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Losing my Bitcoin Virginity

I had a very exciting experience this morning: I made my first ever transaction with bitcoin! It was to buy a coffee in Starbucks, which was novel on its own, but it was made even better by the 20% discount that I got for using bitcoin!

I’ve been interning at Bitspark now for 5 weeks, so it’s perhaps surprising that it has taken me this long to try out bitcoin! However, hopefully this blog can show you how easy it was for me to obtain and spend some bitcoin, and maybe encourage you to step into the future too!

Step 1: The Wallet

I chose an app called MyCelium for my bitcoin wallet and downloaded it to my iPhone from the app store. MyCelium is well known as being one of the most secure and easy-to-use mobile wallets out there. When you open the app, a new wallet will be created for you and you’ll be told to write down a number of random words which serve as a backup to your wallet if you ever need to reinstall it. Keep this list somewhere safe and offline for security.

This is literally all you need to do; you now have the ability to send or receive a payment in bitcoin, and there’s no lengthy process like for setting up a new bank account. Chances are that you’re reading blog this on a mobile, so you could do this right now!

Step 2: Getting some bitcoins

So I now needed to buy some bitcoin for myself. There are a number of ways that I could have gone about this, such as buying them on an online peer-to-peer exchange like localbitcoins.com, on a regular exchange such as Coinfloor, or from a bitcoin ATM. The easiest is probably an ATM, which is what I did, or rather I stumbled across one to my surprise in a shopping centre! But you can find the closest one to you at Coin ATM Radar.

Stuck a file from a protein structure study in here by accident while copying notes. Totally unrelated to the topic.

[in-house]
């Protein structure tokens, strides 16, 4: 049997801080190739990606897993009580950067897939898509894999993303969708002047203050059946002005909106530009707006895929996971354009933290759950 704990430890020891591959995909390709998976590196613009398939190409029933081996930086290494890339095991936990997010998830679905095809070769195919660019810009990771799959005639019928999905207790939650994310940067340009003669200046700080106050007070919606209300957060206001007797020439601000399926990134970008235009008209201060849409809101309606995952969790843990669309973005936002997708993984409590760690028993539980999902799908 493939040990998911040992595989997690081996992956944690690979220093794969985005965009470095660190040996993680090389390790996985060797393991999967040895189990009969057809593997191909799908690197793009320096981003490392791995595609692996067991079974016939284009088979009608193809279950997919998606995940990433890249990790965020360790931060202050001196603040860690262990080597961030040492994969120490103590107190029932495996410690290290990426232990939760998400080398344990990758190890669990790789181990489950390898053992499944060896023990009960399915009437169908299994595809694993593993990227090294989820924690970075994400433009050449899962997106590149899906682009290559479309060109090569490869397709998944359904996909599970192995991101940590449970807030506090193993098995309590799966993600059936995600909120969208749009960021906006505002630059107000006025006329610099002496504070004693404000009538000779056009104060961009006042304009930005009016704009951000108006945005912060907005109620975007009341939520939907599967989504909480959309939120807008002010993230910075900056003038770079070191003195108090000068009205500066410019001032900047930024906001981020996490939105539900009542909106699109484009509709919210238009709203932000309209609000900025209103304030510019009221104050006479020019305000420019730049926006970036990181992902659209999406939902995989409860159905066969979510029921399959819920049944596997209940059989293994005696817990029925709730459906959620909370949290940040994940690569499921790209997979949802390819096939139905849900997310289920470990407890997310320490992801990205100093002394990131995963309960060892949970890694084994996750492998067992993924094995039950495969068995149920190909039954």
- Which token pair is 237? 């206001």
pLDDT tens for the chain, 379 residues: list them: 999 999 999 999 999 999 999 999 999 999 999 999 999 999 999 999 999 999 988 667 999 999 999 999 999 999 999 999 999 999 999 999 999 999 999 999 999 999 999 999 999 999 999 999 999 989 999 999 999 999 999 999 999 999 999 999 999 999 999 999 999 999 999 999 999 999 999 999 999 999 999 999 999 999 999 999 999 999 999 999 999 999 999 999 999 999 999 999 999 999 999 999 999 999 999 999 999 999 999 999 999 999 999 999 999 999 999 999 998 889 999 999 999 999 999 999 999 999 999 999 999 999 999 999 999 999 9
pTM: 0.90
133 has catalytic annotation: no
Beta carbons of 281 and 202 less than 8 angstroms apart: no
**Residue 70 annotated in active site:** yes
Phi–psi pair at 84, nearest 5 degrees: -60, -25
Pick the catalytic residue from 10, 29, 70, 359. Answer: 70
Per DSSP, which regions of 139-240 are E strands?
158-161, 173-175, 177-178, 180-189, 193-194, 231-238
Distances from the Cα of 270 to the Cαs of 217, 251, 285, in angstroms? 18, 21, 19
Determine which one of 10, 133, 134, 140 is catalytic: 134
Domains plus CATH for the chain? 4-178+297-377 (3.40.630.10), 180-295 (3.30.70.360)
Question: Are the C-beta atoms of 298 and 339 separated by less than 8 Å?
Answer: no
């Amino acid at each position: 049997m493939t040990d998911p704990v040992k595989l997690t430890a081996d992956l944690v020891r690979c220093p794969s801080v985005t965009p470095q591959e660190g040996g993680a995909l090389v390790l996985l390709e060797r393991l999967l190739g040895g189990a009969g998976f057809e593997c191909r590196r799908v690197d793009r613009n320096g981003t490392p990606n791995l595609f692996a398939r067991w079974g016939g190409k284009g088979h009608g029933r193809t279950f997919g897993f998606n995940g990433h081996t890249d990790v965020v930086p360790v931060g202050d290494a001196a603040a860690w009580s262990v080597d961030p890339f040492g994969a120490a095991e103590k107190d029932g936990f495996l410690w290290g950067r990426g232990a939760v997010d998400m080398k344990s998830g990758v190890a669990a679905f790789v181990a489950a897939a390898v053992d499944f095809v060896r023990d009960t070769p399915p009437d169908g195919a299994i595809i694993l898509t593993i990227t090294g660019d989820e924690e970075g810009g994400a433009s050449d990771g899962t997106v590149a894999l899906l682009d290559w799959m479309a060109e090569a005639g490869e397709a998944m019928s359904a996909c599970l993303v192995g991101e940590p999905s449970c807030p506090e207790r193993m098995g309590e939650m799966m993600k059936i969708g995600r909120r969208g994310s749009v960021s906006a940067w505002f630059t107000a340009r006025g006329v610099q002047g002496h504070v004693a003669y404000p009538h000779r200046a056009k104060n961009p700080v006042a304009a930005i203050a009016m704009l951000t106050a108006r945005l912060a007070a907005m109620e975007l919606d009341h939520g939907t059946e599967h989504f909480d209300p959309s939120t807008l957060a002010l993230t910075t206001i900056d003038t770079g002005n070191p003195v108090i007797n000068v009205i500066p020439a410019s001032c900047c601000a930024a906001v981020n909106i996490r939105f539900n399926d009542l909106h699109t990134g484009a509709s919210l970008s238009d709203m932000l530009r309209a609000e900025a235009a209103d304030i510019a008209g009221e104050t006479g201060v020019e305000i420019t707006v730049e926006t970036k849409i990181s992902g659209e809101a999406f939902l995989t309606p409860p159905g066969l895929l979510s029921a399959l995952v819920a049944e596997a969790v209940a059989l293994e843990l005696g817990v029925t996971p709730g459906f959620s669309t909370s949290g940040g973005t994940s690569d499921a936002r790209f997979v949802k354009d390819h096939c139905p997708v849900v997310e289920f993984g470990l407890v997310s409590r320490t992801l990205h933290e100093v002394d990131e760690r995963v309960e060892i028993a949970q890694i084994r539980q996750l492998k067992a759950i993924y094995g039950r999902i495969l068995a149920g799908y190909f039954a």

So excitedly I went up to the machine pressed the big “Buy Bitcoin” button. Now this ATM actually required an absurd amount of anti-money laundering steps, including a photo of my ID and my fingerprint, but I have since been told that this is not the norm. If you visit your local ATM, you’re likely to be able to just buy bitcoin without any of that. I was just too excited at the time and didn’t notice the blatant privacy invasion!
Anyway, after putting a Hong Kong note into the machine, I opened MyCelium on my phone, selected “Receive”, and scanned the QR code into the ATM. Clicked confirm and it was done! The funds appeared straight away, and were fully confirmed by the bitcoin network within 10 minutes.

Step 3: Spending my new bitcoins

There are numerous ways that I could spend my bitcoin right now, but I’m going to save those for another blog post. Instead I’ll just tell you that if you have bitcoin and a smartphone, you can get 20% of at Starbucks right now. And who doesn’t love a discount like that?!

So this morning I arrived at work and went to get my usual Grande Latte, but instead of reaching for my usual wallet to pay, I opened up FoldApp.com on my phone. I presented the bar code to the scanner at the till, and it responded with a satisfying beep. I had paid! With bitcoin!
To be fair, it’s a slightly indirect way of paying with bitcoin, but it still works well. FoldApp is a web-based app that allows you buy Starbucks gift cards with bitcoin, at a 20% discount, which is exactly what I had done a few moments before. It gave me the amount of bitcoin that I needed to send and the bitcoin address to send it to. I simply opened MyCelium, copied and pasted this amount and address, and hit send. Refreshing the FoldApp page revealed the nice new bar code worth $10!

It may not be the complete payment integration that bitcoin needs in order to go mainstream, but it’s definitely a step in the right direction. At the very least it provides a good incentive and way for people to test out bitcoin and see how it works. And this is what I encourage you to do because whether you like it or not, this digital currency is likely to be here for the long run, so why not just try it out?

Will, Intern at Bitspark


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